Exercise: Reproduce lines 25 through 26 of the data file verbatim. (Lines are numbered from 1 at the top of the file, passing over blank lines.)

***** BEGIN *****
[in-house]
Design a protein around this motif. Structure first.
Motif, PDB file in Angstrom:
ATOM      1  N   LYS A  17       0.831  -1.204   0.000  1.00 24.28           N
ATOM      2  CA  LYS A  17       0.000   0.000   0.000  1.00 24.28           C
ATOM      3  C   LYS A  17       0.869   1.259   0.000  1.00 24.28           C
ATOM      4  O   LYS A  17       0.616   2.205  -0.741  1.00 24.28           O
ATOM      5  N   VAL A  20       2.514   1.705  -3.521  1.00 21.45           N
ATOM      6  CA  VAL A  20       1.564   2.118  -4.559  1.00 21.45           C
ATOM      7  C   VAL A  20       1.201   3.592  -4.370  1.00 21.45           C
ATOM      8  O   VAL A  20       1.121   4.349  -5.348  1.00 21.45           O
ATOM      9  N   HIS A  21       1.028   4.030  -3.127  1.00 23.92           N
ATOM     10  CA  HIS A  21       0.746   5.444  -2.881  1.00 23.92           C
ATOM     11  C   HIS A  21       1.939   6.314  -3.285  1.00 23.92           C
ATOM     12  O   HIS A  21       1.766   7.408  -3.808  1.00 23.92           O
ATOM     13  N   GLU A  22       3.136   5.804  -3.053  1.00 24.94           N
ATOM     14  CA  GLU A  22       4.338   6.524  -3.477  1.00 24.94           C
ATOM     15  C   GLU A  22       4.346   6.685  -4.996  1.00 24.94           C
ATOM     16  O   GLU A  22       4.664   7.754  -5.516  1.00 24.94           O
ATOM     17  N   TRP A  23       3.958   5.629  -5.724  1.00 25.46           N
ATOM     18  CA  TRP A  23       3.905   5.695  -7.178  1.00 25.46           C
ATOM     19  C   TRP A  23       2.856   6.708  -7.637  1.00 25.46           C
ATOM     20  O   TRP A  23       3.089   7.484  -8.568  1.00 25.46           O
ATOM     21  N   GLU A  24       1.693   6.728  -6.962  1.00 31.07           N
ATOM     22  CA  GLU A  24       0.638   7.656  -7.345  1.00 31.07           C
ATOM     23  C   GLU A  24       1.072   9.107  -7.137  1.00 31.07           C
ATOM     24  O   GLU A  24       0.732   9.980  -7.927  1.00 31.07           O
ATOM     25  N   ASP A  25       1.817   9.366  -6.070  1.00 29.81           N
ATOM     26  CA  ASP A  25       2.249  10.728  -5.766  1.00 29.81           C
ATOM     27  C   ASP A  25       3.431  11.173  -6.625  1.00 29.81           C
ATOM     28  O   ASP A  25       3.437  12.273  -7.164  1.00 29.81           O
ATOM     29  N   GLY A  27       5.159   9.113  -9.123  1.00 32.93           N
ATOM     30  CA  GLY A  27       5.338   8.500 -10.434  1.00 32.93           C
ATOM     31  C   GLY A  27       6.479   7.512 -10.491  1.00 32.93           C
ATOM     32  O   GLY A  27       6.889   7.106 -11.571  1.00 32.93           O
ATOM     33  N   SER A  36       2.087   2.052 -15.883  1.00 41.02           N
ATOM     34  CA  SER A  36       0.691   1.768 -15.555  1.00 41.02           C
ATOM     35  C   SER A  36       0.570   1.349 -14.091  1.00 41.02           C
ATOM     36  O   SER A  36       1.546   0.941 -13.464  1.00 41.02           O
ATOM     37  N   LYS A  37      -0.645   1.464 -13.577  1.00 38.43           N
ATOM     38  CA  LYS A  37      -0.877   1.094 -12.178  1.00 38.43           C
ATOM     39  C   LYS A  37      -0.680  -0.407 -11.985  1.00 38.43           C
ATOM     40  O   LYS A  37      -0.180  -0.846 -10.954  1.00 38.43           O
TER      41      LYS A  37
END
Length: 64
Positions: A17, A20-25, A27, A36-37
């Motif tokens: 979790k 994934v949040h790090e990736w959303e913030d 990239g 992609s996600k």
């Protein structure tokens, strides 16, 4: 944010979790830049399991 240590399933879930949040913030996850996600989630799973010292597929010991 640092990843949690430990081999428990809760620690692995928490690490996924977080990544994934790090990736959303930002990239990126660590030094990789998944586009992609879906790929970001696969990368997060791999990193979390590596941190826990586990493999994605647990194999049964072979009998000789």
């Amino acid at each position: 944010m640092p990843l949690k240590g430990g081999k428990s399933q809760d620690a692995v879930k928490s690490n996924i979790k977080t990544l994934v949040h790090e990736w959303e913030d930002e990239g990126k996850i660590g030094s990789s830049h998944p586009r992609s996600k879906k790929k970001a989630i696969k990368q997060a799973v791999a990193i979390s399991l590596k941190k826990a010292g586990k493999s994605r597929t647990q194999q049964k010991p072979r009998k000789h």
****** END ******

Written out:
ATOM     22  CA  GLU A  24       0.638   7.656  -7.345  1.00 31.07           C
ATOM     23  C   GLU A  24       1.072   9.107  -7.137  1.00 31.07           C